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Markets upbeat on Greek hopes

Overnight markets were upbeat about prospects of a Greek deal this week and ahead of the repayment deadline on Tuesday 30 June.

Greek national flags fly from buildings around a public square in Athens
Source: Bloomberg

European equities soared well over 3%, accompanied by moderate gains in US shares later on.

We could see a tentative agreement hammered out as early as Wednesday when the Euro-area finance ministers convened another meeting ahead of a scheduled summit of European Union leaders.

The pace of negotiations is expected to step up over the next two days so that a deal can be signed off at the end of the week. The new Greek proposal was fairly well-received by European leaders, but it is still not enough to reach a consensus.

German Chancellor, Angela Merkel, said the set of reform measures is a step forward, but it is still not yet where everyone needs to be.

Although this is a significant development over the five-month long gridlock, Greek PM Tsipras still needs the support of parliament in Athens even if he reaches a tentative accord with the European leaders. So we could potentially see another roadblock given that the Greek parliament is dominated by the anti-austerity Syriza coalition.

Nonetheless, the positive leads from the overnight session should carry over to Asia. Regional index futures signal that Asian markets may receive a boost from the good news out of Greece.

Margin is the buzzword for China

China markets returned from a holiday and it will be interesting to see if the Greek optimism would help cushion Chinese equities, which collapsed 13% last week. The keyword will be margin.

Margin traders have been an important driver of Chinese shares, and ongoing regulatory efforts to curb the use of leverage are likely to weigh on the market. The outstanding level of margin debt on the Shanghai Stock Exchange fell for the first time, in nearly a month, to CNY 1.479 trillion (USD 238 billion) last Friday.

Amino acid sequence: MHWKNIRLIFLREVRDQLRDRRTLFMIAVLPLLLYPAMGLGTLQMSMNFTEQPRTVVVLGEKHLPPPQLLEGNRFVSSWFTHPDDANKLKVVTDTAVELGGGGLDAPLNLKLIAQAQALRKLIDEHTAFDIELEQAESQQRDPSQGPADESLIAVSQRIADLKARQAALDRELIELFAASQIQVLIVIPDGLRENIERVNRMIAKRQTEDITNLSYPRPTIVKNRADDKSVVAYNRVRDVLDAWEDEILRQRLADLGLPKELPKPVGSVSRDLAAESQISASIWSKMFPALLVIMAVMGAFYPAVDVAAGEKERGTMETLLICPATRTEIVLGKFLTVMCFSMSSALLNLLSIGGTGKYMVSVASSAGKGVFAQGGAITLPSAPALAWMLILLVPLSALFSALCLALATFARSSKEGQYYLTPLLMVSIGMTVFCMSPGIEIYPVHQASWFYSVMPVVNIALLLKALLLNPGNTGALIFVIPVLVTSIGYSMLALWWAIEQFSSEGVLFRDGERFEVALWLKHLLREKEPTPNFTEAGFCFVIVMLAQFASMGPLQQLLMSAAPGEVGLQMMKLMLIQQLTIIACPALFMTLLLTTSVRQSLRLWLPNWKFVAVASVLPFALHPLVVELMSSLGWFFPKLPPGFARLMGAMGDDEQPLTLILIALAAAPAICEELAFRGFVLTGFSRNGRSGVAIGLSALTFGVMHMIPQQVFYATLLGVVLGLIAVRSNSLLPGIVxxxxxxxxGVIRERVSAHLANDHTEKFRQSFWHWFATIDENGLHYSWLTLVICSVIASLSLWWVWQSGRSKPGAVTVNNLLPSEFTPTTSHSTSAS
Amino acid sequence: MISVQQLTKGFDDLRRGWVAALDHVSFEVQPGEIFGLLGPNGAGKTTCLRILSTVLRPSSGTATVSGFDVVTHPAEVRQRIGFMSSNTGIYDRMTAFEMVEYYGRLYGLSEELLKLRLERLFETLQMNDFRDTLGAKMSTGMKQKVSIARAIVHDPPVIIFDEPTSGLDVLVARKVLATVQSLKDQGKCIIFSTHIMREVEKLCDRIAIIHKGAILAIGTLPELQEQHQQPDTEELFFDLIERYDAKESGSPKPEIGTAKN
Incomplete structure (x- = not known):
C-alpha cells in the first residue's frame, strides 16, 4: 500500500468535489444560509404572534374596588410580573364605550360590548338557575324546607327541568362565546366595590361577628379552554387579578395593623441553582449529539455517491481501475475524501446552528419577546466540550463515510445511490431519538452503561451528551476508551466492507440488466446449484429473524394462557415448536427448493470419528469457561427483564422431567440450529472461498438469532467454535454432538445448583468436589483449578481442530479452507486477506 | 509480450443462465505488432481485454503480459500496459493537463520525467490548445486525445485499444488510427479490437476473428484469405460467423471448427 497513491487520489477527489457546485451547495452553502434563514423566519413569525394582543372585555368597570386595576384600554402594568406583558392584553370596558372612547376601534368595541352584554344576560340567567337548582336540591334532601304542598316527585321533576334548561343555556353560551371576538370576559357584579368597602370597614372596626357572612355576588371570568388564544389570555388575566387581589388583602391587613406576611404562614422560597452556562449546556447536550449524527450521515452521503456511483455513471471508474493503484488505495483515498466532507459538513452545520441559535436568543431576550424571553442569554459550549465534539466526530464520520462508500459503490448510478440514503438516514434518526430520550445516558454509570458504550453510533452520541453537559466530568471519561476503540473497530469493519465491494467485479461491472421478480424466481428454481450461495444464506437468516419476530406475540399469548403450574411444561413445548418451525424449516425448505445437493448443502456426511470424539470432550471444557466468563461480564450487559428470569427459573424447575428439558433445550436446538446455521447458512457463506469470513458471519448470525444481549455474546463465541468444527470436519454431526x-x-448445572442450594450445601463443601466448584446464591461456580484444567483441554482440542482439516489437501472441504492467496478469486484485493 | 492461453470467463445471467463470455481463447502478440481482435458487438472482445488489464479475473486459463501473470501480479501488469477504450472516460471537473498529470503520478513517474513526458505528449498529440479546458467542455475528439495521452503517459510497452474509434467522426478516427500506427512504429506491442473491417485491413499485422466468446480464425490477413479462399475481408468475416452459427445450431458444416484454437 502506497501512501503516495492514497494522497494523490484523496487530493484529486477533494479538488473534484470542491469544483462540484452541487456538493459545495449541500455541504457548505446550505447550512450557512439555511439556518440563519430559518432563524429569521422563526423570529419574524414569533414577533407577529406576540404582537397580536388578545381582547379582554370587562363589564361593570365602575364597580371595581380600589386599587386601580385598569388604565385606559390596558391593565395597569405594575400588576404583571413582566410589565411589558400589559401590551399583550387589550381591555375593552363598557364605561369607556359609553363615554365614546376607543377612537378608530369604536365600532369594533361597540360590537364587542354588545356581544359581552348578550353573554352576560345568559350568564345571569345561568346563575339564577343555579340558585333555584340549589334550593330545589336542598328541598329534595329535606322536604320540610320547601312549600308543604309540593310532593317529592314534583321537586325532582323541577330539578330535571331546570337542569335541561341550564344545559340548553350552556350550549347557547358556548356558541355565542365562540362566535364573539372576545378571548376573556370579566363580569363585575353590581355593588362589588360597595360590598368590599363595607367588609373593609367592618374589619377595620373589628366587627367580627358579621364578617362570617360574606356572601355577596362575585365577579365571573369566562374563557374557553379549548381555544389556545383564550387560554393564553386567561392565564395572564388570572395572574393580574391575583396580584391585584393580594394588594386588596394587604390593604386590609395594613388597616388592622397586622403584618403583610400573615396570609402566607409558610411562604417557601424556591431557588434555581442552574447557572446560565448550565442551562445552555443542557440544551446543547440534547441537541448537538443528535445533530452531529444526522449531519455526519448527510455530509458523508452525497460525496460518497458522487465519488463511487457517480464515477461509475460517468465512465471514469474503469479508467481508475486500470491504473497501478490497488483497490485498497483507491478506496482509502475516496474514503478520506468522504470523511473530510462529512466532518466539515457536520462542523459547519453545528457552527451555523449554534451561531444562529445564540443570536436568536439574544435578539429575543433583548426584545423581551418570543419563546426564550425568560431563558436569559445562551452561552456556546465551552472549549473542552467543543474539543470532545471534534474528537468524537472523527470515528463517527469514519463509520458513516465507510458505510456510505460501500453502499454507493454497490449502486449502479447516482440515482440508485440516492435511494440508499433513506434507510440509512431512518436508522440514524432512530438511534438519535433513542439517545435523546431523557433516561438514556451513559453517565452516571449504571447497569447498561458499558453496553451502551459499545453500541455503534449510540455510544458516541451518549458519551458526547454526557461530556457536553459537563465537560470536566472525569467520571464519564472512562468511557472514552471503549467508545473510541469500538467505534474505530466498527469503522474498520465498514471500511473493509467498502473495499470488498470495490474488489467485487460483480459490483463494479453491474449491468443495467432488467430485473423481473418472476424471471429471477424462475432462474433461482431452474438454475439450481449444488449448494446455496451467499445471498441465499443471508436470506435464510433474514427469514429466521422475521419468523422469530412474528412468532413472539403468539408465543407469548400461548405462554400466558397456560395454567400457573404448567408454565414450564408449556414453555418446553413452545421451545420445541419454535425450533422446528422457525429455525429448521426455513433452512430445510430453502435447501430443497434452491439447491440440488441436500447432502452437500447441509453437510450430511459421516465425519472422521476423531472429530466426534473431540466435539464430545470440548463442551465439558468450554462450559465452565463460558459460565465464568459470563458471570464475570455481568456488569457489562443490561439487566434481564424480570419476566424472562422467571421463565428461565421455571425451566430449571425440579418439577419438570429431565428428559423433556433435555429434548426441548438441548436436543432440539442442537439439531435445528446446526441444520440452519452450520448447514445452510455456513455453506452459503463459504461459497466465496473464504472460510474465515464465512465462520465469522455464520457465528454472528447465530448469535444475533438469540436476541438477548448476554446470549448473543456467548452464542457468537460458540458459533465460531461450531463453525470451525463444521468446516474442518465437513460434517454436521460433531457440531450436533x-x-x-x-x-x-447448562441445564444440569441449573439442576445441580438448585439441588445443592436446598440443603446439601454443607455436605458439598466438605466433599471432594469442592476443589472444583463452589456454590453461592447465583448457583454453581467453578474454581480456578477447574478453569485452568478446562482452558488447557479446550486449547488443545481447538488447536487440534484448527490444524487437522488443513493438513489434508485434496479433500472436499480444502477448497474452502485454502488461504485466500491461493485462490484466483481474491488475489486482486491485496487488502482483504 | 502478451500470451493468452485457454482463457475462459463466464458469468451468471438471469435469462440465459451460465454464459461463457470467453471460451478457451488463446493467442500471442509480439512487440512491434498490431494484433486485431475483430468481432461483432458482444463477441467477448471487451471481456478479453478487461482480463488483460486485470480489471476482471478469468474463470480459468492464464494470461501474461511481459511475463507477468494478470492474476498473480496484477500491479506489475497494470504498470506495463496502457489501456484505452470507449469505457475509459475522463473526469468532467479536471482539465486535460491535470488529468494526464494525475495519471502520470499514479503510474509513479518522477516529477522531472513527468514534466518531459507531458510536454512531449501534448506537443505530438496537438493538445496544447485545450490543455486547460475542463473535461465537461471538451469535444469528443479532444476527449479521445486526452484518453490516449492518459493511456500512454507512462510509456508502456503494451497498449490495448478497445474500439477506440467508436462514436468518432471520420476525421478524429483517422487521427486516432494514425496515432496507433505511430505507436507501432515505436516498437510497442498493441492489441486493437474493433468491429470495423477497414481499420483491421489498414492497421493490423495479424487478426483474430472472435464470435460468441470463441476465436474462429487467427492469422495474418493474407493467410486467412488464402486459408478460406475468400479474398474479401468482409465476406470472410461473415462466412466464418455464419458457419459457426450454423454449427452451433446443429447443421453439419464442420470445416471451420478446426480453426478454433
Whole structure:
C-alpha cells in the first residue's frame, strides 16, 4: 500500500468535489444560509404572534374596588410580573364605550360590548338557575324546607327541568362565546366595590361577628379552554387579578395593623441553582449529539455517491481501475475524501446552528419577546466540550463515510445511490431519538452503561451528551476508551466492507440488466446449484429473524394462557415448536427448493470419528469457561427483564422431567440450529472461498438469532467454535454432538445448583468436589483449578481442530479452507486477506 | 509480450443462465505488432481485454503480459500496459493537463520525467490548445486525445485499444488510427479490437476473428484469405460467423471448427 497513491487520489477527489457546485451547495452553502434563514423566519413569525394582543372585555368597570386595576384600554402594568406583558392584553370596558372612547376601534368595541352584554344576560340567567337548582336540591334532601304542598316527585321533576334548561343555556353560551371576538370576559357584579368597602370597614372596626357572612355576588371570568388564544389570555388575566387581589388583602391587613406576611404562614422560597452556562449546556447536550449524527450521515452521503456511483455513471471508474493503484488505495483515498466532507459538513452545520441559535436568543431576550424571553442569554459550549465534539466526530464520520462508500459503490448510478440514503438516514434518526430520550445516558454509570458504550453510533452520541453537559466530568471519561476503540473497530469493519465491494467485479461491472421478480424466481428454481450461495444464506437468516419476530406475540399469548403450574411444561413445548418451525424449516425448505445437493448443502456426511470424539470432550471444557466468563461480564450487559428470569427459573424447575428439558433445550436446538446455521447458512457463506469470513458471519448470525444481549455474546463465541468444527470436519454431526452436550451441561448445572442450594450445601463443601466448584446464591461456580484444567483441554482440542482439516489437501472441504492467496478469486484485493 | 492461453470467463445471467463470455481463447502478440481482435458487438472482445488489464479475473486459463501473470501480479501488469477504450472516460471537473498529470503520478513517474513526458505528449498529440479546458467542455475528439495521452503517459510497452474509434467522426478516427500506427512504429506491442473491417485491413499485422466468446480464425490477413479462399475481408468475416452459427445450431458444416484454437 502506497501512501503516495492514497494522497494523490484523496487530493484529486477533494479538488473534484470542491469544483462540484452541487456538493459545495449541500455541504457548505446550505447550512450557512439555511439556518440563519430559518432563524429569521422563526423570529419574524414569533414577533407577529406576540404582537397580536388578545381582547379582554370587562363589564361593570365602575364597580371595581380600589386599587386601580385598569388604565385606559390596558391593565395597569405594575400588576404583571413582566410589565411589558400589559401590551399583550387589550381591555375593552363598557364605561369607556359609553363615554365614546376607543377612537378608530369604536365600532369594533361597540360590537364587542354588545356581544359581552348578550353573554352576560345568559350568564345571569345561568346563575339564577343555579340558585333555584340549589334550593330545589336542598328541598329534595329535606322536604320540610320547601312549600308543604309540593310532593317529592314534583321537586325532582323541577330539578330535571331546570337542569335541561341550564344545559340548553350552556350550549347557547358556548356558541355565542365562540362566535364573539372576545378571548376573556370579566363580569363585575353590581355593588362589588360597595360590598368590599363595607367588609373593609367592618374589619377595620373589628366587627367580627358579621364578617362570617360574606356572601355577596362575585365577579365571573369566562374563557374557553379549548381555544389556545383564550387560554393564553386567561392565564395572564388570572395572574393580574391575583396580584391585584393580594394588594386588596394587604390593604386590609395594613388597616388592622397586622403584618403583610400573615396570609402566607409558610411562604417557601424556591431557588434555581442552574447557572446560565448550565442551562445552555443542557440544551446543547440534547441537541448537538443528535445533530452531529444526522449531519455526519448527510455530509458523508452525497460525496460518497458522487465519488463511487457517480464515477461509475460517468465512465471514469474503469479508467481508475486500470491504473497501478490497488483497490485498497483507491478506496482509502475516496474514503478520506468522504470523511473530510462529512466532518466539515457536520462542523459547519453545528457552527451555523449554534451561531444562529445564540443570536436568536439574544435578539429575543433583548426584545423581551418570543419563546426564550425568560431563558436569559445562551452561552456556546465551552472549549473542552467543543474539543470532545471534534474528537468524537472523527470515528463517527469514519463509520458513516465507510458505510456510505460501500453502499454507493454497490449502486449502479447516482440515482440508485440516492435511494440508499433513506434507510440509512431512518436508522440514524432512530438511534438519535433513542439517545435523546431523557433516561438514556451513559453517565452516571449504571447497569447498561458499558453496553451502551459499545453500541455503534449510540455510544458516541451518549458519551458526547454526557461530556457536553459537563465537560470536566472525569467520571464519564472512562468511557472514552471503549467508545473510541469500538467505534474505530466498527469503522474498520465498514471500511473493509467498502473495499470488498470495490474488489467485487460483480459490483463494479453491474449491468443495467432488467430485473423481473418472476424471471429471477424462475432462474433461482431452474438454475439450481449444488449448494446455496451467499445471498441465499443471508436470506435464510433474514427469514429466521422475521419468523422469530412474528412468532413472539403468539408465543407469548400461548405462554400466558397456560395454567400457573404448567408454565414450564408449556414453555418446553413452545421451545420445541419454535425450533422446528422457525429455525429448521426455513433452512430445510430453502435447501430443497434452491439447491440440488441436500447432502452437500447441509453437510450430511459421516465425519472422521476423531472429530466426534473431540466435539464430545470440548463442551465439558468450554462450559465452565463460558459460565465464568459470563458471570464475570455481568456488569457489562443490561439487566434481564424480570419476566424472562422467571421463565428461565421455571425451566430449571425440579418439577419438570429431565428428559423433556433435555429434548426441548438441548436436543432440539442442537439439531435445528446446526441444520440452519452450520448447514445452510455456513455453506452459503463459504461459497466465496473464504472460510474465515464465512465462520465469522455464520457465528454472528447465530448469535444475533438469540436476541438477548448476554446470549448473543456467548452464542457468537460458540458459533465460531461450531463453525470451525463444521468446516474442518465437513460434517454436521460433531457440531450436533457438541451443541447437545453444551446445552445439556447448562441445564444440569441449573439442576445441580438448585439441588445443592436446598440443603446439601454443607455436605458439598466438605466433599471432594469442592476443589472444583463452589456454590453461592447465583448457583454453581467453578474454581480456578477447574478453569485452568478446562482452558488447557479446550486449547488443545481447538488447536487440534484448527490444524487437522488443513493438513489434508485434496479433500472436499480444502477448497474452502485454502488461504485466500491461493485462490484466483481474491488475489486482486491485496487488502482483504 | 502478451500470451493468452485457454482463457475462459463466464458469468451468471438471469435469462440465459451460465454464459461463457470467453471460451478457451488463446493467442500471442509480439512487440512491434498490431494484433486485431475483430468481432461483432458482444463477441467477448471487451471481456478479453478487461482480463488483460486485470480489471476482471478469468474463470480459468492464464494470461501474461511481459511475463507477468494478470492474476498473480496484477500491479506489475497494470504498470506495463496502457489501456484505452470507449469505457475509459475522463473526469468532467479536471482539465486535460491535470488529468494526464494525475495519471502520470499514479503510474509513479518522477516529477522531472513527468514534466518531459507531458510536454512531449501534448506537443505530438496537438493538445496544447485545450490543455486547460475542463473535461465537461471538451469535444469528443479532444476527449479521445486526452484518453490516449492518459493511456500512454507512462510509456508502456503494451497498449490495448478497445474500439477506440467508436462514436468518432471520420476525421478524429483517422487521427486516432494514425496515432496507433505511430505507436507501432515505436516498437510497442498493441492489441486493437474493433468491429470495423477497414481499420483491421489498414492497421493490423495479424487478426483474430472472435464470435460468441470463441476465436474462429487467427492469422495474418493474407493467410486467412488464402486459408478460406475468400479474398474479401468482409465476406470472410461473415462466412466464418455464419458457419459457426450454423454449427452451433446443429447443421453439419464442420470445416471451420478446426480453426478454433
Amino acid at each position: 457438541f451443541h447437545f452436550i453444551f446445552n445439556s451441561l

Last week’s rout took out USD 1.3 trillion from the mainland Chinese shares, which is more than the value of the Australia’s stock market. Nonetheless, Chinese equities remained one of the top performers year-to-date, although if the decline in margin debt gains momentum, we could see its ranking drop pretty fast. Meanwhile, CICC estimated that CNY 1.9 trillion (USD 300 billion) will return to Chinese markets today. Over USD 700 billion of locked up IPO funds should flow back into Chinese equities this week.

However, I still hold the view that Beijing is unlikely to allow a rapid slide in the domestic stock markets, just like it is uncomfortable with too fast a climb. What this means is that we could see measures, possibly in the form of more monetary easing, to cushion the equity market should the selloff step up. What is almost certain is that tighter margin lending rules is here to stay.

Meanwhile, China flash PMI reading will be important. The market is looking for a slight improvement in the June number at 49.4 from 49.2 previously. This is however still below the key 50 number. Based on HSBC PMI, China’s manufacturing activity had contracted (below 50) for most of this year. Japan manufacturing data, Australia housing prices and Singapore’s inflation figures will also be due.

Ahead of the Singapore open

The Straits Times Index once again confirmed the key support level at 3300, keeping well within the consolidative range of 3300-3350. The 200-day moving average continues to pose as a formidable resistance at 3360.91. The Index has been trading below the 200DMA, since its sharp fall through 3400 at the start of this month.

The mid-term indicators are still pointing towards the downside. The MACD line on a weekly period is not only under the signal line but also dipped below the zero line. This means that the underlying momentum has turned bearish. On that note, more positive developments out from Greece may help boost local sentiments. The converse will be true, and should Greece fail to secure a deal by the end of the week, the 3300 support level may lose its resilience.

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